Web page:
23 September 2019 | Career Advice | Guest Author
In a bid to attract and retain the ‘best and brightest’ international talent in the UK, the Home Office unveiled a new route on 11 September that allows graduates to remain and work in the UK for two years.
The graduate visa route is not entirely new and has been a point of contention for MPs in Westminster for many years. Former Prime Minister, Theresa May, scrapped the post-study work option for graduates in 2012, citing that it was “too generous”. To this day, international graduates have had a mere four months to find work after their course ends – after which they must then qualify for a UK visa or return to their home country.
The post-Brexit immigration plan did inch marginally further by offering students six months leave to find work instead. But this still disappointed British universities and former University Minister, Jo Johnson, who had been pushing for the two-year extension.
Now, however, in a landmark overhaul of the scheme, the two-year Post-study Work Visa has been adequately resurrected.
About the Post-Study Work Visa
The Post-Study Work Visa means students from overseas studying in the UK on a Tier 4 Student Visa will be eligible to seek employment in the country for up to two years after graduation.
The idea is that this ‘grace’ period allows students to realistically jumpstart their career while solidifying roots to the UK. They can participate in work experience or actively fulfil a position in their chosen career or industry. Applicants will be able to seek jobs regardless of their skillset or degree.
Although the details are yet to be ironed out, the visa is expected to be launched by 2020/21 in line with the new immigration rules. This means EU students will also benefit from the scheme in the foreseeable future.
According to Home Office Head of Student Migration Policy, Paul Jeffery, the visa does not require sponsorship unlike most other visa types. This means that candidates will not be tied to their university for endorsement after their study while universities will no longer need to maintain responsibility of them.
However, the Home Office warn the pathway will only open to ‘genuine and credible students’.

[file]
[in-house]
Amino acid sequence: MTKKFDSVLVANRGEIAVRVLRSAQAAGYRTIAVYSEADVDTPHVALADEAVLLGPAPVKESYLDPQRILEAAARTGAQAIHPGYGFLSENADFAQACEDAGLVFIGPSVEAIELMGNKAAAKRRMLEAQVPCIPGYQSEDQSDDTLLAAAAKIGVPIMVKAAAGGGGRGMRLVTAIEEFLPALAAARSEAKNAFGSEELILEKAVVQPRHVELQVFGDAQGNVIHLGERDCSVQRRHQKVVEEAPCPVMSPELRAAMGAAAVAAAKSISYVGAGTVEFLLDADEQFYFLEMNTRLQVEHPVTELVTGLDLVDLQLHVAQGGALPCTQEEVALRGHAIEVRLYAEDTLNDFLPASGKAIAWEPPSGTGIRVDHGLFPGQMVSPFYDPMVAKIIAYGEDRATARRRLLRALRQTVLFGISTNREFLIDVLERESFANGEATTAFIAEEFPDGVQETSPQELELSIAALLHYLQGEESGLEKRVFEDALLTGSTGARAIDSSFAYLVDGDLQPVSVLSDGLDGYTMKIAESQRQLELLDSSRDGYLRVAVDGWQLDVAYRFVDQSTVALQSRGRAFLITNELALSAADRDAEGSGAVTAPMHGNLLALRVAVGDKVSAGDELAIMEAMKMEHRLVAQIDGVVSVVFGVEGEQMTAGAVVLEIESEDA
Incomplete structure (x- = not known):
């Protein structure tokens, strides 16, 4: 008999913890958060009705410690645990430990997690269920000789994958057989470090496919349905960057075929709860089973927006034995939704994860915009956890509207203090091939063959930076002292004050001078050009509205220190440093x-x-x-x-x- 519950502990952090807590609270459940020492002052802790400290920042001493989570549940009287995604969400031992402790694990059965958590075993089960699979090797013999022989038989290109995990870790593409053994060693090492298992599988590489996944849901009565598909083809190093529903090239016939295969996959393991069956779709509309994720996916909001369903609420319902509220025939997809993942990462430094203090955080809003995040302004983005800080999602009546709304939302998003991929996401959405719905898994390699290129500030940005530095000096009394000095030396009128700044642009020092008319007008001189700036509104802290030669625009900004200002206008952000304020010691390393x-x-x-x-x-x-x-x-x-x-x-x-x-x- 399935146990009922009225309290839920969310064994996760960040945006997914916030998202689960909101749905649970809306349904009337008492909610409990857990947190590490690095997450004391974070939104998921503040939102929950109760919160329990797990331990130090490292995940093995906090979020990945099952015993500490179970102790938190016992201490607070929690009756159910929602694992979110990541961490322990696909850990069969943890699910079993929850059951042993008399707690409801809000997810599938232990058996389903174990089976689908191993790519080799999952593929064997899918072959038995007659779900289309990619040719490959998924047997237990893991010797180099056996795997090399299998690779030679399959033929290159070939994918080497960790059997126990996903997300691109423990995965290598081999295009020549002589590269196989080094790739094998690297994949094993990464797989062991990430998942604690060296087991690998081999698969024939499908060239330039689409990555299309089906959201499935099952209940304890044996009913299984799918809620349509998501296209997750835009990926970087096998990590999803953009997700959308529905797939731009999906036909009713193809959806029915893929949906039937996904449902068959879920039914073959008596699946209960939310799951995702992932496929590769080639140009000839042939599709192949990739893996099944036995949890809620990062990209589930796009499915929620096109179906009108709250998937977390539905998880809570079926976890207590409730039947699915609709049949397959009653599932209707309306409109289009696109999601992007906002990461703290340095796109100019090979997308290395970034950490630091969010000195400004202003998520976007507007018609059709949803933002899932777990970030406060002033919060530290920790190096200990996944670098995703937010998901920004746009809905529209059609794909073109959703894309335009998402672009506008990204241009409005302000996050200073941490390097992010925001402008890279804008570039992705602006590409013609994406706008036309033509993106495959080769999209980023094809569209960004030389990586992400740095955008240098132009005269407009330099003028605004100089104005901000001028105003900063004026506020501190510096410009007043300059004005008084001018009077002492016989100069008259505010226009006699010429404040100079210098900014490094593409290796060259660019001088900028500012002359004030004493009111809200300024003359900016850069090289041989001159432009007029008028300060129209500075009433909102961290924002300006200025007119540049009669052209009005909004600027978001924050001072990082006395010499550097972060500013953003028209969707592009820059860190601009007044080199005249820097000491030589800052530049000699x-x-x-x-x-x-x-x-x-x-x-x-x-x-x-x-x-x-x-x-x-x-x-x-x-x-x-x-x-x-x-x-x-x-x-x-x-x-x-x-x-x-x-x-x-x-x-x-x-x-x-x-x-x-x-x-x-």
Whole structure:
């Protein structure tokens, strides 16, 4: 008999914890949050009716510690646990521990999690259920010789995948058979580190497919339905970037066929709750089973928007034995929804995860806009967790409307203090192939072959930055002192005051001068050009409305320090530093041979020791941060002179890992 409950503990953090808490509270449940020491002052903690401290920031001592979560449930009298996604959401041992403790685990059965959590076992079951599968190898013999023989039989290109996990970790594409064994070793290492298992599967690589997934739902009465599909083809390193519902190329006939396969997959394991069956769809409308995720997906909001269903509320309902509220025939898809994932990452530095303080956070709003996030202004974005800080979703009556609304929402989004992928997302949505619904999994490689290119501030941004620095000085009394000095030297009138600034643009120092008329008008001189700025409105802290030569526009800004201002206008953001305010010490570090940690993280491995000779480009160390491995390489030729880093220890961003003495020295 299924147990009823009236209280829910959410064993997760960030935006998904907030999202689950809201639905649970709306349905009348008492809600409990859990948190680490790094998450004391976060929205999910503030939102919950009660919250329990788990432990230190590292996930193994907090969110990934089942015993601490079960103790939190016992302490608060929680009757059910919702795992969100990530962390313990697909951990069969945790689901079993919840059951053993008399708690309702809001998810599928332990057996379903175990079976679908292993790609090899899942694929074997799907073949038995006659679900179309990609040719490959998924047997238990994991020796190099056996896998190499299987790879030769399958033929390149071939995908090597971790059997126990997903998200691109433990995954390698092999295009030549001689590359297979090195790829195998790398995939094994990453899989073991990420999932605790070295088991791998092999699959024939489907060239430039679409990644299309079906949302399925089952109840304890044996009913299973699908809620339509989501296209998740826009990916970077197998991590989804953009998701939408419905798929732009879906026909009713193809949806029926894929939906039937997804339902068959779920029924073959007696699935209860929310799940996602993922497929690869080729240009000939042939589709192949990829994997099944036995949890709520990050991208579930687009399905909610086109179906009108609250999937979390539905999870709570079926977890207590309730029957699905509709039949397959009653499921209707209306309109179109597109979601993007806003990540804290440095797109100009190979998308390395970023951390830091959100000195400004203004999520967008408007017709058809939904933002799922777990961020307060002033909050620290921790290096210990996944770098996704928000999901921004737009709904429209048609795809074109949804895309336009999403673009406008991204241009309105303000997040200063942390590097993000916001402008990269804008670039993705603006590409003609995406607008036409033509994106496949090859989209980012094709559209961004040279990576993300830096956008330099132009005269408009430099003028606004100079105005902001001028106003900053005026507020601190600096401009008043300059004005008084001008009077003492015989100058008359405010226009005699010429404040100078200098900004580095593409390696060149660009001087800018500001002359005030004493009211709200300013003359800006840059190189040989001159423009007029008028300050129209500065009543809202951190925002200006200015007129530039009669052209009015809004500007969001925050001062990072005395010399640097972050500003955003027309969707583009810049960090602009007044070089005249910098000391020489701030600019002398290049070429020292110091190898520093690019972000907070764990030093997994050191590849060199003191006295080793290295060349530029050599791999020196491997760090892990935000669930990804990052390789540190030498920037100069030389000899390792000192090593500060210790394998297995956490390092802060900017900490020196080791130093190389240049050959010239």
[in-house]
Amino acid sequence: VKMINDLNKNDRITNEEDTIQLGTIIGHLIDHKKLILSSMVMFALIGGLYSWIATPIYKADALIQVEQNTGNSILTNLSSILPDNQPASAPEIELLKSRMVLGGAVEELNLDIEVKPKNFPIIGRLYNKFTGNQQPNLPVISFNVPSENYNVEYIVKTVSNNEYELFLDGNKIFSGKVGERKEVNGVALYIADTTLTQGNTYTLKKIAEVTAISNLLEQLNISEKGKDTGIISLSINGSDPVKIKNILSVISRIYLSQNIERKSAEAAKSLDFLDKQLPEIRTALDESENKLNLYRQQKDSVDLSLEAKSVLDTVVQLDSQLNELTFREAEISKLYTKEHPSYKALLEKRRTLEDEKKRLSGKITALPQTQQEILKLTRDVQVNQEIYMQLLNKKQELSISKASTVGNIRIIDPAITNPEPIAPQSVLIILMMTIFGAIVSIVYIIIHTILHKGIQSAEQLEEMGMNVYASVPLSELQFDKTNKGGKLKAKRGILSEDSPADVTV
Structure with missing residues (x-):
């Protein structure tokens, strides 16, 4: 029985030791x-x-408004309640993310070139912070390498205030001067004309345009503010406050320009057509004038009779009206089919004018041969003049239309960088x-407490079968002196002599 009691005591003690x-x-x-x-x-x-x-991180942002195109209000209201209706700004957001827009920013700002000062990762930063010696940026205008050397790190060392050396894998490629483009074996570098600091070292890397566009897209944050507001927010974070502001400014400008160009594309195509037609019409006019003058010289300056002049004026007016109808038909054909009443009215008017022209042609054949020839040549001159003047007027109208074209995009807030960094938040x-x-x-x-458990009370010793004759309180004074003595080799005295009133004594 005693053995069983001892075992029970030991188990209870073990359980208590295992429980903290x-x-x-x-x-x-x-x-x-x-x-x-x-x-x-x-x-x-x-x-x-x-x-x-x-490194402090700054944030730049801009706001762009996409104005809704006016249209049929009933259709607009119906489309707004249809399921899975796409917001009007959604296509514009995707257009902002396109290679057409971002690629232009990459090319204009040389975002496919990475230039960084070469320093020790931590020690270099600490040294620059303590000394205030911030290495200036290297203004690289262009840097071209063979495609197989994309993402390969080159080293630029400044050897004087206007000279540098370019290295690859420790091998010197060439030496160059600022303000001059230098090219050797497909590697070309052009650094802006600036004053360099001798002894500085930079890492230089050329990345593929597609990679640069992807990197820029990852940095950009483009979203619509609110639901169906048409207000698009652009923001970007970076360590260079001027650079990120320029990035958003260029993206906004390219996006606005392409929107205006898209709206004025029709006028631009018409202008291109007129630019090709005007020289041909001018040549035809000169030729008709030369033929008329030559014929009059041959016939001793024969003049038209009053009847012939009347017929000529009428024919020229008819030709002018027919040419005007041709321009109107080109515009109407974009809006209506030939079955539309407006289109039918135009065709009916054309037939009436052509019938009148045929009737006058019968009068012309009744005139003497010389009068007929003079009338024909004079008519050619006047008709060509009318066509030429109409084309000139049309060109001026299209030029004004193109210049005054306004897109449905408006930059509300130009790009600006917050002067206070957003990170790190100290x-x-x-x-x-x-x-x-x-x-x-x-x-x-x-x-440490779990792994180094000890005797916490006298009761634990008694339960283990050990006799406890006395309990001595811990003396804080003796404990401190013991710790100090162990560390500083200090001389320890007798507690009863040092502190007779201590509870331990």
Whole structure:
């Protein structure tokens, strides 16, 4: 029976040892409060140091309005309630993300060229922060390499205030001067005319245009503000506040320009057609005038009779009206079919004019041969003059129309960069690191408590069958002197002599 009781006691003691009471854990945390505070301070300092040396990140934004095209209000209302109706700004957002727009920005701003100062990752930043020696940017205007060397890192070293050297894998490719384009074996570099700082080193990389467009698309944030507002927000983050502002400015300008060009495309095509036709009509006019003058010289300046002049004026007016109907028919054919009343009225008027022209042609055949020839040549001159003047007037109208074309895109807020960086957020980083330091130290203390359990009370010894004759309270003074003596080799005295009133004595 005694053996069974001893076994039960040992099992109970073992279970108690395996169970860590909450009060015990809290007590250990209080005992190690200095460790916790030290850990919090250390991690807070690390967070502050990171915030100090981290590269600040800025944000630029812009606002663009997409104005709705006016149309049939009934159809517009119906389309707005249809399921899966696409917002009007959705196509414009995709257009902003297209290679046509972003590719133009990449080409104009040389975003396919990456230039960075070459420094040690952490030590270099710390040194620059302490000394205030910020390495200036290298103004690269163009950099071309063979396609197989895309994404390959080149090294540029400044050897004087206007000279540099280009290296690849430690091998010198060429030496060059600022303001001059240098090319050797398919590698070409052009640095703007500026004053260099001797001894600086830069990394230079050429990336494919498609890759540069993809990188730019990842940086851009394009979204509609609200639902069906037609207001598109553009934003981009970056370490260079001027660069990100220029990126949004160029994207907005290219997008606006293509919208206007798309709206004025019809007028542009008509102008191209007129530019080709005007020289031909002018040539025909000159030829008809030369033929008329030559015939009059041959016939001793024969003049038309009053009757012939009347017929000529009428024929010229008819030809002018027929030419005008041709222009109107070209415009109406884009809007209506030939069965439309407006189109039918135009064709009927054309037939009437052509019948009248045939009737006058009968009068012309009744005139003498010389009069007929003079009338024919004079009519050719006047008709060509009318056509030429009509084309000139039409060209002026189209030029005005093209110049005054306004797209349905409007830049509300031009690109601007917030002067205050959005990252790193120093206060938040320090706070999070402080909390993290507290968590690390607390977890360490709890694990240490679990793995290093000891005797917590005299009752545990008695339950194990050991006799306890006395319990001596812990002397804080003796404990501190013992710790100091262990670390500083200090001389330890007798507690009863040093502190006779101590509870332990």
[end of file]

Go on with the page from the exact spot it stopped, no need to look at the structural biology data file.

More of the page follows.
And, since the plan launches in 2020/21, the route may not be open in time for international students currently in the midst of completing their bachelors or masters. Those set to graduate before the launch may be excluded from the opportunity.
What’s worse is that Post-study Work Visa applicants may have to leave the country if they don’t qualify for a UK visa once their two years comes to an end. For most, this will mean applying for a Tier 2 Work Visa and meeting its stringent £30,000 financial requirement.
Shadow Home Secretary, Diane Abbott, suggests this undermines the graduate visa as many starting a promising career in the country – such as those “doing fantastic medical and other research” – earn significantly less.
Celebrated by UK Universities
The move is still widely celebrated by UK universities as it comes at a time when international enrolments have been declining and STEM (science, technology, engineering and maths) have been under threat.
Alistair Jarvis, the Chief Executive of Universities UK, said: “the introduction of a two-year Post-study Work Visa is something Universities UK has long campaigned for and we strongly welcome this policy change which will put us back where we belong as a first-choice study destination.”
The Home Office hopes the visa will make some headway in transforming the country into a ‘world-leader’ and ‘science superpower’. The news follows from Prime Minister Boris Johnson’s previous announcement that will see the Tier 1 visa rules relaxed for elite researchers, scientists and engineers.
This article has been written by Olivia Bridge who is a political correspondent for the Immigration Advice Service; an organisation of immigration lawyers.